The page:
Motion made, and Question proposed,
That the International Development Association Order. 1960, a draft of which was laid More this House on 23rd June, be approved.—[Mr. Barber.]
§ 10.10 p.m.
§ The Economic Secretary to the Treasury (Mr. Anthony Barber)
Certainly, if that is the wish of the House.
As the right hon. and learned Member for Newport (Sir. F. Soskice) knows, we touched upon this matter during the Second Reading of the International Development Association Bill. The Order is required to enable Her Majesty's Government to confer upon the International Development Association the status, immunities and privileges provided for in the Articles of Agreement of the Association, and thereby to enable the United Kingdom to become a member of the Association.
Before acceding to the Agreement, the Government must deposit a statement that it has taken all necessary steps to enable it to carry out its obligations under the Agreement. The financial operations were provided for in the International Development Association Act, which became law on 2nd June this year. That Act also provided in Section 3 that the provisions of the Agreement relating to the status, immunities and privileges of the Association, its officers and its staff, could be conferred by Order in Council. This Order makes the 170 necessary provision both for this country and also for those overseas territories for whose foreign relations the Government are responsible and who do not pass their own legislation on the subject.
The result is that, in conjunction with the International Development Association Act, this Order enables Her Majesty's Government to deposit the necessary instrument of accession to the agreement and so to become a member of the Association. The International Development Association is to operate as an affiliate of the International Bank for Reconstruction and Development and, in the early stages at any rate, will share the same staff. It is, accordingly, to enjoy exactly the same immunities and privileges as were granted by Parliament to the International Bank under the Bretton Woods Agreement Order, 1946.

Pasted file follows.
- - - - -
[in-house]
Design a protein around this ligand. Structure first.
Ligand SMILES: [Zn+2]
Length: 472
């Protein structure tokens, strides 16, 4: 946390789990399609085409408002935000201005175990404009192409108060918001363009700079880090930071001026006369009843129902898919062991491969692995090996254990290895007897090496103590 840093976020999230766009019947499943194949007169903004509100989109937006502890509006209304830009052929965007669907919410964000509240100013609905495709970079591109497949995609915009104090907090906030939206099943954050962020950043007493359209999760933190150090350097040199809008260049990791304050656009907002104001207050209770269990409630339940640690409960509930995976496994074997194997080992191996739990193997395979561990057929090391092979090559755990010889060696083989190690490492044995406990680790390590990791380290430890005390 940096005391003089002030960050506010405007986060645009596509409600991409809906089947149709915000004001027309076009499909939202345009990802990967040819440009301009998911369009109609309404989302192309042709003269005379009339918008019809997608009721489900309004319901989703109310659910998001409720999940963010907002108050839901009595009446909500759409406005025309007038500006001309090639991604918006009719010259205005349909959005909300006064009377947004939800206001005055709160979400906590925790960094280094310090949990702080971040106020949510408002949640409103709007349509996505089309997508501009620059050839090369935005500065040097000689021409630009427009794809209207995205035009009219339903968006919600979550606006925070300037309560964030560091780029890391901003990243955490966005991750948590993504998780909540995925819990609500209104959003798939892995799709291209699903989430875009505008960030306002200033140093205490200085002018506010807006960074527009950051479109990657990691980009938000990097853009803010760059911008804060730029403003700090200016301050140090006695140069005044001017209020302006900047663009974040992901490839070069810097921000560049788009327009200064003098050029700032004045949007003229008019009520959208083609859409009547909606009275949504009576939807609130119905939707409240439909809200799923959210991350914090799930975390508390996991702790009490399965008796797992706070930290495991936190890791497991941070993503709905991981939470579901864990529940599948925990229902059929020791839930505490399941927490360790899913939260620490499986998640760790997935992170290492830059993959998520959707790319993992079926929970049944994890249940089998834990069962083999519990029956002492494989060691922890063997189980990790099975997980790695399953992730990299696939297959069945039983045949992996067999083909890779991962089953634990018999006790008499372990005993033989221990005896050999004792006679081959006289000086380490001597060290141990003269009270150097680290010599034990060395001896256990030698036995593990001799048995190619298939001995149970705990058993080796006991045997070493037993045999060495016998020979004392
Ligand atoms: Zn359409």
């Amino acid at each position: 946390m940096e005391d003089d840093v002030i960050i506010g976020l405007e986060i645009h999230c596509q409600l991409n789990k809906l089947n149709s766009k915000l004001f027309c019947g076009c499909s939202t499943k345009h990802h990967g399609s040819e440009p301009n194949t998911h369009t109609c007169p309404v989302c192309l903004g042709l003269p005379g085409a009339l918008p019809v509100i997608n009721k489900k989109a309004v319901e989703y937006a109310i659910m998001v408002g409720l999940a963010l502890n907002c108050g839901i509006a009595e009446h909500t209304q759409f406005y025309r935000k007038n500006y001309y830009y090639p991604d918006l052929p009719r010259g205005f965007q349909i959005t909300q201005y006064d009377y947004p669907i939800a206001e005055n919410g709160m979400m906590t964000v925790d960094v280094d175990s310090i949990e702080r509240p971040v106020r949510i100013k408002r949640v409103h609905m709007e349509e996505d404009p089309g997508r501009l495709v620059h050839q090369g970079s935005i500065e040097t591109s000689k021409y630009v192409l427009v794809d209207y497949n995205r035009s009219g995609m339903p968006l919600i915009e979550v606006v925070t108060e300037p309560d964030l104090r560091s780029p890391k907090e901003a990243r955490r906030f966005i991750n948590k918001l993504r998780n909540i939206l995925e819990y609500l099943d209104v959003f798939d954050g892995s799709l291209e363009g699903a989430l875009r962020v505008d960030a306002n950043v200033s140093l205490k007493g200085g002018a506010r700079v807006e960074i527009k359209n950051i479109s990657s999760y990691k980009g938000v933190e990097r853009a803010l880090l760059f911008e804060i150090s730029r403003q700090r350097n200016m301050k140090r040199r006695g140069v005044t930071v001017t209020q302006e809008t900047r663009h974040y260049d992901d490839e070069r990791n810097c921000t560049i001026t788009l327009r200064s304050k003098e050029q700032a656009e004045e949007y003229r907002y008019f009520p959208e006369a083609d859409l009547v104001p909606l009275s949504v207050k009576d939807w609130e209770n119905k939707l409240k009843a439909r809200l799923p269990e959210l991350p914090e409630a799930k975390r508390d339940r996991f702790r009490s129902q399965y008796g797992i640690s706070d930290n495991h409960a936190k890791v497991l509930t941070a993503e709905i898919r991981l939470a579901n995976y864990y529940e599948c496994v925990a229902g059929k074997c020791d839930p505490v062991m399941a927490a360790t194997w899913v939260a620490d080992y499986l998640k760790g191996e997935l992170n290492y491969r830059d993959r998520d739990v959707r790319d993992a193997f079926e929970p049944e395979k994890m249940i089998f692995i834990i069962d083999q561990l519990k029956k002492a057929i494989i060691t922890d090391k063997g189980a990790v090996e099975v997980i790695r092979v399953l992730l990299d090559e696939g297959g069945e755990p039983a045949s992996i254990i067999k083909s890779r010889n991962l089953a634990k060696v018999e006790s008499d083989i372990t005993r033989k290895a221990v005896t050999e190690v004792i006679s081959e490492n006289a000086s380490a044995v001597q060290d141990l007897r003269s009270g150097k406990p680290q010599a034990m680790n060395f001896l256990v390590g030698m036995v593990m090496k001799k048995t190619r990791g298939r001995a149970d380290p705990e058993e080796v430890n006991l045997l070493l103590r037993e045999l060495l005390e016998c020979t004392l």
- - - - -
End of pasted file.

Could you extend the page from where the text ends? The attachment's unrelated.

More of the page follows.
I should also point out that Article 8 of the Articles of Agreement of the Association set out in the Schedule of this Order is identical with the corresponding Article of that part of the Bretton Woods Agreement which related to the International Bank's immunities and privileges. This Order, therefore, does not break new ground. It applies to the International Development Association the same immunities and the same privileges as Parliament approved in the case of the International Bank.
As the two organisations are to be affiliated and to operate with the same staff, I hope that the House will take the view that this is clearly a sensible arrangement. Therefore, I commend the Order to the House.
§ 10.14 p.m.
§ Sir F. Soskice
I am grateful to the Minister for the explanation that he has given. It seemed to me that we ought to consider this Order to make sure that it achieves the purposes we have in mind. The Government foreshadowed its necessity during the Second Reading of the International Development Association Bill, which is now on the Statute Book.
The only comment one would always make when one is asked to extend 171 immunities of one sort or another to the new candidates for immunity is that the list is growing a great deal. I feel that we should not pass Orders of this sort without stopping for a moment to consider the number of persons who have immunities of one sort or another under the law of this country and who, in effect, have privileges over other citizens and can commit wrongs without there being any redress in the courts.
I think that we would all accept that it is a necessity of modern life, with the growing spread of international institutions of one sort or another—good in 172 themselves—that immunities of this sort have to be multiplied. Having called attention to that, I would not, speaking for myself, invite the House to oppose the passing of this Order, but I thought that it was right to pause for a moment to consider it and to bear in mind the steps marked by this Order in the direction of the enlargement of privileges of individuals over the law.
§ Question put and agreed to.
That the International Development Association Order, 1960, a draft of which was laid before this House on 23rd June, be approved.